nenadalm17:07:23

I am using material-ui with webpack (I am using v1 since it was beta and it wasn't on cljsjs so it was the only option - other than figuring out how to update cljsjs package)

Hukka12:07:11

I've been trying to migrate away from cljs-react-material-ui, which is stuck in the v0 time. Just today I noticed that someone had made a fork for v1, but that fell on its face. So now I'm thinking if I should use material-ui directly, or perhaps these "official" react components https://github.com/material-components/material-components-web-react

justinlee14:07:56

i don’t use material ui myself, but I would definitely lean towards doing direct interop instead of using a wrapper library

justinlee14:07:17

with shadow-cljs as your build tool, it can be easy and efficient to use the npm packages directly

justinlee14:07:46

oh i see in the thread you already got webpack to work for you

juhoteperi14:07:50

Instead of adapt-react-class, e.g. [:> mui/MenuItem ...] would also work, without need to create def for every component.

juhoteperi15:07:44

the example doesn't use mui-theme-provider, I'm not sure how that works, but in general it should be easy to use mui with just interop

juhoteperi15:07:14

I guess I could extend the example with some theme settings etc. to show how they work

Macroz15:07:18

@juhoteperi is that :> really required or could native react components be somehow just detected (x.prototype.isReactComponent etc.)? did you think about that?

juhoteperi15:07:07

It is currently required. Reagent doesn't do detection and I have no idea if that would be possible.

Macroz15:07:37

since it already differentiates between keywords and fns it would feel natural for it to detect for the presense of a react component without resorting to adapting

Macroz15:07:54

I can think of reasons why adapting is nice, e.g. only do it once or performance hit

juhoteperi15:07:31

No both adapt-react-class and :> have same performance

Macroz15:07:31

reading the official React docs I don't see the function isReactComponent that is possibly there anyway

Macroz15:07:53

I mean those have better performance compared to detecting so no adapt-react-class or :> like I suggested

juhoteperi15:07:08

there isn't really any conversion, well, except for parameters, but that happens in both cases

juhoteperi15:07:43

adapt-react-class creates a Cljs type and Reagent render code has case for that type which will call react/createElement, and :> does the same

juhoteperi15:07:06

I'm not sure if that helps with e.g. functional components which are just normal functions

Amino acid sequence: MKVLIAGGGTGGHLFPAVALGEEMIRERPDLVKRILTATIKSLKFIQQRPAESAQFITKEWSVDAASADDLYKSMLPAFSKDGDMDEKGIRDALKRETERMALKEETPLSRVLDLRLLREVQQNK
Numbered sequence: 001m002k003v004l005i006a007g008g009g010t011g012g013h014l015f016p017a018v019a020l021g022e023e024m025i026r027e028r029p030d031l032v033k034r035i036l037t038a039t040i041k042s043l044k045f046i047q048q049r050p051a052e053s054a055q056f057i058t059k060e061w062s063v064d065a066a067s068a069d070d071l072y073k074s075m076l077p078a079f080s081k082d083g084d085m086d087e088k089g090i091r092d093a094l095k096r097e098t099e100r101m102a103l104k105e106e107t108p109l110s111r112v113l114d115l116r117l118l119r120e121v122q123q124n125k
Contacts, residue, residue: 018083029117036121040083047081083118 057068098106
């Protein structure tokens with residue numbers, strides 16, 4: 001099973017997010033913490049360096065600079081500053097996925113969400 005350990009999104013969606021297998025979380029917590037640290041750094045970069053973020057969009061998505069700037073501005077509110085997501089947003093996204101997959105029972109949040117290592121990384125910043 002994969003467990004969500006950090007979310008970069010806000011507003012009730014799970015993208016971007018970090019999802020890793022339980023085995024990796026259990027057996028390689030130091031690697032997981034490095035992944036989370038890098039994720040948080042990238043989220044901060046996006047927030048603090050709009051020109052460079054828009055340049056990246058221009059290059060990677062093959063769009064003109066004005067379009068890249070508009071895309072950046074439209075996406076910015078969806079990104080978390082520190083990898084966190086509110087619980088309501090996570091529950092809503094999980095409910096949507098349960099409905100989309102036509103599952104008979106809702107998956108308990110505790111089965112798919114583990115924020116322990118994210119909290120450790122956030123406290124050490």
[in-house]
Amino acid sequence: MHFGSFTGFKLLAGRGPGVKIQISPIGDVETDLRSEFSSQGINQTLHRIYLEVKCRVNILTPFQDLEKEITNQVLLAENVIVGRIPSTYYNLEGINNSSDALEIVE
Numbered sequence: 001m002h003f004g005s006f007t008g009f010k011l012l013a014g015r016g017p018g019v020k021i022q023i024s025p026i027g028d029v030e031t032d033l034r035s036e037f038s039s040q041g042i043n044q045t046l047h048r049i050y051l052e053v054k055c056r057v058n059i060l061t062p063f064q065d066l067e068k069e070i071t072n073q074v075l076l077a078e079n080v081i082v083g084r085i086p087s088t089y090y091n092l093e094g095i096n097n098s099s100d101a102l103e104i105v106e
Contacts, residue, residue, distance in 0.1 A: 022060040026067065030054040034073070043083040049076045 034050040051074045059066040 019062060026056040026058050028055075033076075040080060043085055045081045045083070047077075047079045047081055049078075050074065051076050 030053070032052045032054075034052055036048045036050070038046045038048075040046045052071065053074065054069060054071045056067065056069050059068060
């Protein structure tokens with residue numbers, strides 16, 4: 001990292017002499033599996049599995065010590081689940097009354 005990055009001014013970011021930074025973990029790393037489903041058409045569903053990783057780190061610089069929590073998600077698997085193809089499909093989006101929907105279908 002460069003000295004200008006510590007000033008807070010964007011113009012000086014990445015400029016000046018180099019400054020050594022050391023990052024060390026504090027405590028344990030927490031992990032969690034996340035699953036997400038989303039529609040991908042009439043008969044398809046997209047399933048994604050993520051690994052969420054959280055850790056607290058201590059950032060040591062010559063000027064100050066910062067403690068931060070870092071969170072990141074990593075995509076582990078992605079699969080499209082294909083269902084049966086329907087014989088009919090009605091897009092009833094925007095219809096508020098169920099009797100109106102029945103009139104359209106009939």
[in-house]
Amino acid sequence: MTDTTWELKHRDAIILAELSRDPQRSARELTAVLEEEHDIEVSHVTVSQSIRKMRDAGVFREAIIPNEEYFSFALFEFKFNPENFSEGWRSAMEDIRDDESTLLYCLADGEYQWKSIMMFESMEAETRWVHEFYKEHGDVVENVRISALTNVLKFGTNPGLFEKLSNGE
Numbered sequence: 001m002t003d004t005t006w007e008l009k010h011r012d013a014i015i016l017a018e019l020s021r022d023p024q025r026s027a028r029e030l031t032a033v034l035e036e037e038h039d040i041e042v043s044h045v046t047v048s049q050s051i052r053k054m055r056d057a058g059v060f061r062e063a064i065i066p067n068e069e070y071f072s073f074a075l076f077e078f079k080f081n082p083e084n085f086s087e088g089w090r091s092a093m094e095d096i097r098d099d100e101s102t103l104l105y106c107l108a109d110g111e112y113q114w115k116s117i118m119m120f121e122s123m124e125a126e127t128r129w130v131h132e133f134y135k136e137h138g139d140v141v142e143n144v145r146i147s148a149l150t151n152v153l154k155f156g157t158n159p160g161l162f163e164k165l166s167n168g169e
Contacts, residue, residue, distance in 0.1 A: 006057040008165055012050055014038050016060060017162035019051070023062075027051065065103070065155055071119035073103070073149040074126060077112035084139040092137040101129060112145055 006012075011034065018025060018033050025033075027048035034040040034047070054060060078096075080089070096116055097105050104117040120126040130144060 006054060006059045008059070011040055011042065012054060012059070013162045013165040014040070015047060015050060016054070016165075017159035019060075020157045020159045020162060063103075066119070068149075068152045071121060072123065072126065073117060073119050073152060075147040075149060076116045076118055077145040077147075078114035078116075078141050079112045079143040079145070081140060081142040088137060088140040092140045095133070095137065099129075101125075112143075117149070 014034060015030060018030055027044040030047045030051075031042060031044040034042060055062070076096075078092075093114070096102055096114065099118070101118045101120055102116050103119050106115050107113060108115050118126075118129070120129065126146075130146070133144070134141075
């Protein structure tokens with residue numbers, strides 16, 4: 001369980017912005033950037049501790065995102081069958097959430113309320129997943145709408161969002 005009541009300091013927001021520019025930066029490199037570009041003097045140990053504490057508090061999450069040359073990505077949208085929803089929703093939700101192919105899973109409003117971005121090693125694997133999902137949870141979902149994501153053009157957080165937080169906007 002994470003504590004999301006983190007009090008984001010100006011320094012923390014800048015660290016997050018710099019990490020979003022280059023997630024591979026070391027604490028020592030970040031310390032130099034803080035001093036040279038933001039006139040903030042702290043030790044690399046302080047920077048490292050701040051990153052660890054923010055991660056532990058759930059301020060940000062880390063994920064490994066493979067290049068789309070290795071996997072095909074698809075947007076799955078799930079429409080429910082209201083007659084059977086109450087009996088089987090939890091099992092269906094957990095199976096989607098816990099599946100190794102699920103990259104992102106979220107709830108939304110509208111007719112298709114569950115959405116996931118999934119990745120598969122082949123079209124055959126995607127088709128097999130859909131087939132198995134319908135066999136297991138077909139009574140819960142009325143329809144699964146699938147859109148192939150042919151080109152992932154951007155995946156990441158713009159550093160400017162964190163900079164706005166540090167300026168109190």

Macroz15:07:20

yes those need another specific check

juhoteperi15:07:33

Normal Reagent components are just functions

Macroz15:07:35

just wondering if that extra :> syntax is required

juhoteperi15:07:47

There is no way to see if a function is Reagent component or functional React component

Macroz15:07:02

also one could assume that if it's not keyword or regular (ClojureScript) fn it's a react component?

juhoteperi15:07:19

ClojureScript fn is JavaScript fn

juhoteperi15:07:03

One cljs is compiled to JS there is no way to see if the function was created from Cljs or from React lib

Macroz15:07:36

functions are objects that can have extra properties?

juhoteperi15:07:58

Yes, but in this case they don't have

juhoteperi15:07:57

i.e. (defn reagent-component [] [:div "foo"]) and function reactComponent () { return <div>foo</div>; } create same function

juhoteperi15:07:44

IF Reagent has some def component macro like some other wrappers, we could add properties or something

Macroz15:07:19

so what difference does it make to [foo :bar 42] expression in reagent if the foo is React or CLJS?

Macroz15:07:54

native needs to be wrapped ... because?

juhoteperi15:07:23

Native doesn't need to be wrapped. Native is marked using a type or :> as it can be passed directly to React.

juhoteperi15:07:46

Reagent functions need to be wrapped in lifecycle methods which handle ratoms.

Macroz15:07:24

and basically :> and adapt-react-class skips that

juhoteperi15:07:41

Reagent implementation is quite complex 🙂 The implementation could be much simpler if Reagent used some macros to generate components or to wrap function bodies. But that wouldn't be Reagent.

Macroz15:07:45

thanks for the explanation

Macroz15:07:08

just wondering if there would have been a way to distinguish automatically and avoid the spurious :> "syntax"

Macroz15:07:37

something that advanced compilation wouldn't throw away too 🙂

Macroz15:07:51

I think easy interop with the JS world is a must

Macroz15:07:16

not enough Clojurians to solve horde level problems like browser compatibility 🙂

justinlee15:07:57

@macroz adding the :> is not the hard part of javascript interop 🙂

juhoteperi15:07:59

Seems like with latest Cljs it is possible to use real npm names for Material UI:

["@material-ui/core" :as mui]
            ["@material-ui/core/styles" :refer [createMuiTheme]]
            ["@material-ui/icons" :as mui-icons]
This will make it easy to later use node modules which will enable DCE for Mui.

Macroz15:07:31

@justinlee it's not, but the wrapping issue it's part of is though, nobody maintains wrappers etc.

juhoteperi15:07:14

I'll have extensive no-wrapper Material-UI example online soon

justinlee15:07:14

what i’m saying is, interop is a top goal for me, but worrying about a two-character piece of syntax is literally last on the list of things that makes it hard

justinlee15:07:23

just getting npm packages to import correctly is hard enough. then there is the fact that reagent isn’t a straight mapping to react at all and you’ve got to learn quite a bit about it’s subtleties to get interop with more complex packages working. the :> is easy enough

Macroz15:07:45

yes there are other problems, like the libs requiring JS-specific tooling to enable customization, theming etc.

Hukka16:07:32

@juhoteperi Hm. Then, is there any reason to use cljsjs-material-ui anymore?

justinlee16:07:59

@juhoteperi that’s giving me a 404

Hukka16:07:44

"Needs compiler fixes"?

juhoteperi16:07:33

That refers to the commented requires, with real npm module names

juhoteperi16:07:33

the current names wouldn't work with npm packages, ClojureScript compiler currently has at least two bugs: 1. preventing using of scoped npm packages with node_module support 2. foreign-libs providing and using global-exports don't with if name has @

Hukka16:07:32

I'll stick to cljsjs then

justinlee17:07:30

@tomi.hukkalainen_slac you can’t use scoped packages with cljsjs either. just use the normal includes